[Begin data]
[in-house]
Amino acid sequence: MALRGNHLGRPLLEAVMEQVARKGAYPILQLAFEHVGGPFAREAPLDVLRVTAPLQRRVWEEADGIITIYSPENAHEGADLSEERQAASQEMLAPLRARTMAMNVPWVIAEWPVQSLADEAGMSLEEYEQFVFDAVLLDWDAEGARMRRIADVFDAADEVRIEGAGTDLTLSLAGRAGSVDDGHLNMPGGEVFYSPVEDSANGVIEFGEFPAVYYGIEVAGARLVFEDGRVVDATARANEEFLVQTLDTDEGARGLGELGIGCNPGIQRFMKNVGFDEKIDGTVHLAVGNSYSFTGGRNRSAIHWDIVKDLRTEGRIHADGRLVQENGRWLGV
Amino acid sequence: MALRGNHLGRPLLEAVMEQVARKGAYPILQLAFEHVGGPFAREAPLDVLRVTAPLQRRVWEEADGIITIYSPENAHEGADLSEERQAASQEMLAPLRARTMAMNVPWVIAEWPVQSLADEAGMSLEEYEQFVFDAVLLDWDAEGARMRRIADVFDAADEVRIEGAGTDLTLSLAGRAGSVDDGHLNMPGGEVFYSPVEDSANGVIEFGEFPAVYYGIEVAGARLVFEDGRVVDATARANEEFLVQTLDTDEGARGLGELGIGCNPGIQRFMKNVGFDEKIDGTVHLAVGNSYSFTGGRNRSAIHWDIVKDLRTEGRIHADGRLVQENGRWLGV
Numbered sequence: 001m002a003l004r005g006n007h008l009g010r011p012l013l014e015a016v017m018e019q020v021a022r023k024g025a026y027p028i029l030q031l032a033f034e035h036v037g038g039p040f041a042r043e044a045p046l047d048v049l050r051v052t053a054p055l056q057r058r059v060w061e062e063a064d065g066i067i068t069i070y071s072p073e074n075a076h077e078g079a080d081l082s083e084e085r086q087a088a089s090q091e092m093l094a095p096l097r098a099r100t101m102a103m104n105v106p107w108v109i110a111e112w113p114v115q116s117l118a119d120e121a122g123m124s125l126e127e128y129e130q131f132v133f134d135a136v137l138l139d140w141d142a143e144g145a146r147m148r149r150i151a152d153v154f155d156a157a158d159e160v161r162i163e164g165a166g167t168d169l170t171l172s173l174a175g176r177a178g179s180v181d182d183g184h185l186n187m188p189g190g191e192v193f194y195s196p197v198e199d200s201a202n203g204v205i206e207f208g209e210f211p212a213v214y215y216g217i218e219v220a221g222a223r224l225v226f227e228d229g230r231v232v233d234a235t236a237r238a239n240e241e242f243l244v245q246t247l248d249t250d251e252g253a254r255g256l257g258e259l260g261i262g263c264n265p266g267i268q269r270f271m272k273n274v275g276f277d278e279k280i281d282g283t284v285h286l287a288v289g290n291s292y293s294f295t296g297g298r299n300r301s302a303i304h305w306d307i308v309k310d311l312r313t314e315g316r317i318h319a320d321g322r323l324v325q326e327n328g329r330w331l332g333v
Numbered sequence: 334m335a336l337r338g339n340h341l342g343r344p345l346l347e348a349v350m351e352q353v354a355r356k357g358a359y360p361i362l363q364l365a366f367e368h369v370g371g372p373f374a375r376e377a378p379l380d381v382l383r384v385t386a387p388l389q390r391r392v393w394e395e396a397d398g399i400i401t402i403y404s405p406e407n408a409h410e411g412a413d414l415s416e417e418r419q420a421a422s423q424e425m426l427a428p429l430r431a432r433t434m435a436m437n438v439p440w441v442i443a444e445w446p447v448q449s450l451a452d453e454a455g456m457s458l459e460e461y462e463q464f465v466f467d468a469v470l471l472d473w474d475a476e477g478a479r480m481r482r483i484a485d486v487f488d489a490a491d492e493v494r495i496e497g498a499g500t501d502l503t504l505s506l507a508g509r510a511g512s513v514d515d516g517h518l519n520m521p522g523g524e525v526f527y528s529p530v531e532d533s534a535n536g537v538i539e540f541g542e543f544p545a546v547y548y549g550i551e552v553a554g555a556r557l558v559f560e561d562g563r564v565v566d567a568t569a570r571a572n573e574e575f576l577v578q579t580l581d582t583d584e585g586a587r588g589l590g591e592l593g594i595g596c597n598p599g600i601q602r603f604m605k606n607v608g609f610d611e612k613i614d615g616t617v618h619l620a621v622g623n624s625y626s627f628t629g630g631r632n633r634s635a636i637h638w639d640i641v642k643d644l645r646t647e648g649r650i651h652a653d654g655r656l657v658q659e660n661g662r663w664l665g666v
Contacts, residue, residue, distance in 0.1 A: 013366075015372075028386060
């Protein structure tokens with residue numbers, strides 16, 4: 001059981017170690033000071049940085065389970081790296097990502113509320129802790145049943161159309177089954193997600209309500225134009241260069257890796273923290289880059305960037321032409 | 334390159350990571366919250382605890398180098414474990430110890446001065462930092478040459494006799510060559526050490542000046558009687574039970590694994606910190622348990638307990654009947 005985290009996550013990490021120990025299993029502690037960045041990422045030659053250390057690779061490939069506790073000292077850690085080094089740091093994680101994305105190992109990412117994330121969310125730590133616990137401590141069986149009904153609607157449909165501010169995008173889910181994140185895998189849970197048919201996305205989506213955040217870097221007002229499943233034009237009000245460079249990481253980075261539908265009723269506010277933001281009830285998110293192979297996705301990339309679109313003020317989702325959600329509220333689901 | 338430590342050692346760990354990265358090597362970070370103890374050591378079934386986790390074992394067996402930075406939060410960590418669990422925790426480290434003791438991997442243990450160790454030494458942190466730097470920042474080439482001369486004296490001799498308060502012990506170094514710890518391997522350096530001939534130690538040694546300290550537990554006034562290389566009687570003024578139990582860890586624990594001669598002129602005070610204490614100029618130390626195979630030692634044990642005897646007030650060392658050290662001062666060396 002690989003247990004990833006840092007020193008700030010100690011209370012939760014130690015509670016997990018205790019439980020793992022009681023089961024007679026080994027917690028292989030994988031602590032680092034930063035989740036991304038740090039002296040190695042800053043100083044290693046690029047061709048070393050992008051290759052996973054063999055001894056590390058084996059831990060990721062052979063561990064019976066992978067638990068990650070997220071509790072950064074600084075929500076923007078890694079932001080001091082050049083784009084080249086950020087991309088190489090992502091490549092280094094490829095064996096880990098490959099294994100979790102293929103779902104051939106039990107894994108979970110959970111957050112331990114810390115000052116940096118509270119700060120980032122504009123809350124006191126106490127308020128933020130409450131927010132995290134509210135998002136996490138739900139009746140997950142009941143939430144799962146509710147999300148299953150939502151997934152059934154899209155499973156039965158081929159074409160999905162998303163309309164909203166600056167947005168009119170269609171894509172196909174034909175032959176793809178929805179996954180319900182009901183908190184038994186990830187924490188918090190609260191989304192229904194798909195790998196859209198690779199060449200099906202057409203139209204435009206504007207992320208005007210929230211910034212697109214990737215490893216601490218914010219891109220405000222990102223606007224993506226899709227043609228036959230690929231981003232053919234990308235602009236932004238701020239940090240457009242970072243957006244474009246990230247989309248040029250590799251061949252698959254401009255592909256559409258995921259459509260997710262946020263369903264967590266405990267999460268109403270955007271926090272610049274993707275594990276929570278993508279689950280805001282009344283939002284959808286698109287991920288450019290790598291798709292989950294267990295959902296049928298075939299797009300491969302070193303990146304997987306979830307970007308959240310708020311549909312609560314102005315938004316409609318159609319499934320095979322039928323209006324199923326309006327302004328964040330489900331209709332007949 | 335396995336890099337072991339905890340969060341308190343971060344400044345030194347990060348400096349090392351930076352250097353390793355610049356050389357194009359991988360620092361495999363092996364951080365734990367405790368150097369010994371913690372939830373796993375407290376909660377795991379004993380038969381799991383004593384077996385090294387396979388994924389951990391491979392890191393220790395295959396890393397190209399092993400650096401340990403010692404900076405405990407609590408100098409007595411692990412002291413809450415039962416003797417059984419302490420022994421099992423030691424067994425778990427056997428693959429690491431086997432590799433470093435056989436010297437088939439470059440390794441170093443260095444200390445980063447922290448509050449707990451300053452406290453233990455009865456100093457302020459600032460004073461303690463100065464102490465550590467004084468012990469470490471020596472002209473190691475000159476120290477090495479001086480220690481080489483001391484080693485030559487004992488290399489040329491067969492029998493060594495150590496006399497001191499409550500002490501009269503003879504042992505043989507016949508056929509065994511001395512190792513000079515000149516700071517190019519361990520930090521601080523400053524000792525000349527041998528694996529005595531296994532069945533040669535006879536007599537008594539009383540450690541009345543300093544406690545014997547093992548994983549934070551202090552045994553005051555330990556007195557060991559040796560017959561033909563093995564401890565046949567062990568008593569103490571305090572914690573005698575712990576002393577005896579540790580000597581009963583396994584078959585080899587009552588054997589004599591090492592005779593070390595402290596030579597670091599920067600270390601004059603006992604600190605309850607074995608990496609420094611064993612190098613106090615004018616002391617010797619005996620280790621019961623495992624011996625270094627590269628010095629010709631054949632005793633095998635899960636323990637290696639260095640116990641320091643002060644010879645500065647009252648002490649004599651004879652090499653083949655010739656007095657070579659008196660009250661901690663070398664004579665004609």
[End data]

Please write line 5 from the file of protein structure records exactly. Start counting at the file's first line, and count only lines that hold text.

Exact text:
Numbered sequence: 334m335a336l337r338g339n340h341l342g343r344p345l346l347e348a349v350m351e352q353v354a355r356k357g358a359y360p361i362l363q364l365a366f367e368h369v370g371g372p373f374a375r376e377a378p379l380d381v382l383r384v385t386a387p388l389q390r391r392v393w394e395e396a397d398g399i400i401t402i403y404s405p406e407n408a409h410e411g412a413d414l415s416e417e418r419q420a421a422s423q424e425m426l427a428p429l430r431a432r433t434m435a436m437n438v439p440w441v442i443a444e445w446p447v448q449s450l451a452d453e454a455g456m457s458l459e460e461y462e463q464f465v466f467d468a469v470l471l472d473w474d475a476e477g478a479r480m481r482r483i484a485d486v487f488d489a490a491d492e493v494r495i496e497g498a499g500t501d502l503t504l505s506l507a508g509r510a511g512s513v514d515d516g517h518l519n520m521p522g523g524e525v526f527y528s529p530v531e532d533s534a535n536g537v538i539e540f541g542e543f544p545a546v547y548y549g550i551e552v553a554g555a556r557l558v559f560e561d562g563r564v565v566d567a568t569a570r571a572n573e574e575f576l577v578q579t580l581d582t583d584e585g586a587r588g589l590g591e592l593g594i595g596c597n598p599g600i601q602r603f604m605k606n607v608g609f610d611e612k613i614d615g616t617v618h619l620a621v622g623n624s625y626s627f628t629g630g631r632n633r634s635a636i637h638w639d640i641v642k643d644l645r646t647e648g649r650i651h652a653d654g655r656l657v658q659e660n661g662r663w664l665g666v